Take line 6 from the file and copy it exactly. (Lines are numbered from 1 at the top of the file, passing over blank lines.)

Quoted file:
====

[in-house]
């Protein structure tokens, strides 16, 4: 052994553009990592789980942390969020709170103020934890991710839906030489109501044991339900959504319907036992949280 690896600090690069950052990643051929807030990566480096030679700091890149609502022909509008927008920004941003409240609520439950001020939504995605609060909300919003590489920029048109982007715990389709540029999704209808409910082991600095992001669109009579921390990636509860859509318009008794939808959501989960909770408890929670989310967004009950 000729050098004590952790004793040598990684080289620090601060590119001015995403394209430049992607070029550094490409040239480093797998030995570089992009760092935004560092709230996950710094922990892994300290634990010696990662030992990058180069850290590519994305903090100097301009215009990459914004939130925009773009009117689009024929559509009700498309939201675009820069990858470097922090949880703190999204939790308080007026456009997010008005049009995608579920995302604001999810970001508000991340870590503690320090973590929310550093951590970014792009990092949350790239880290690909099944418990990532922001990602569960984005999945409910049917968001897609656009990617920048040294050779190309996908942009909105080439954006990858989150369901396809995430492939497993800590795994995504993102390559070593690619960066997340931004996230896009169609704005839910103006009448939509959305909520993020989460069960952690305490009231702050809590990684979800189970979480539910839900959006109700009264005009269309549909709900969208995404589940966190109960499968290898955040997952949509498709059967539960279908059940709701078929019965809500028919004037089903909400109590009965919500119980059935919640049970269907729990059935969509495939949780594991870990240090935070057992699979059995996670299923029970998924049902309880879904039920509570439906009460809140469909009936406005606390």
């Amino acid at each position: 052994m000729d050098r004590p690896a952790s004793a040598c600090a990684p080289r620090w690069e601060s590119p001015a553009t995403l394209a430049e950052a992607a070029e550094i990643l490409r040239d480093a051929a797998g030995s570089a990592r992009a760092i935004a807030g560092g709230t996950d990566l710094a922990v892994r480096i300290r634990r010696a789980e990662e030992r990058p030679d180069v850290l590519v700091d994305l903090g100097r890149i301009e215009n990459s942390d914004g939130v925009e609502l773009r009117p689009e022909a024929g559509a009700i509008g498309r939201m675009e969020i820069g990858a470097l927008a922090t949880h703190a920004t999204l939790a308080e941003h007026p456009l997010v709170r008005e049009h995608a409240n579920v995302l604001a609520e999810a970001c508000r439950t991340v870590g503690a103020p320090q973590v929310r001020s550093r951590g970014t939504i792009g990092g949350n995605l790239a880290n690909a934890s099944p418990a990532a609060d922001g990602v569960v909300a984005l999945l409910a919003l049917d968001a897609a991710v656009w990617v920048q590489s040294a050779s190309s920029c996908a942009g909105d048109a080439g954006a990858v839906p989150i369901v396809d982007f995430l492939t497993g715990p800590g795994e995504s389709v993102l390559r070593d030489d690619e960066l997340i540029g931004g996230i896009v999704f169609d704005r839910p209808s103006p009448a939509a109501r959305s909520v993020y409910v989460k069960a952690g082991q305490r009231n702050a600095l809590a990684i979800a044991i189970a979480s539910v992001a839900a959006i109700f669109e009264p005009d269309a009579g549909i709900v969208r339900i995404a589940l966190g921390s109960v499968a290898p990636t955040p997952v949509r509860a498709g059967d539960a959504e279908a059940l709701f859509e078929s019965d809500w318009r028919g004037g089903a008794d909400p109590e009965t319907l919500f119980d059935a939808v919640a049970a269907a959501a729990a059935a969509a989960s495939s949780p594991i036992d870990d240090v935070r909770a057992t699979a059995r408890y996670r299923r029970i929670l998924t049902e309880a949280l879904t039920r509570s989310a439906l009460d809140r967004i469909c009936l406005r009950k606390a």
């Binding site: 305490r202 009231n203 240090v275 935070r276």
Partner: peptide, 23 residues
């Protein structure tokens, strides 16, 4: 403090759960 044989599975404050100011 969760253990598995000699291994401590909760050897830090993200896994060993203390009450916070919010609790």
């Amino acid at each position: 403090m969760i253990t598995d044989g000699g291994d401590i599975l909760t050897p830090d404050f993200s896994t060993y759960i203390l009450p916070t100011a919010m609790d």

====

């Protein structure tokens, strides 16, 4: 403090759960 044989599975404050100011 969760253990598995000699291994401590909760050897830090993200896994060993203390009450916070919010609790």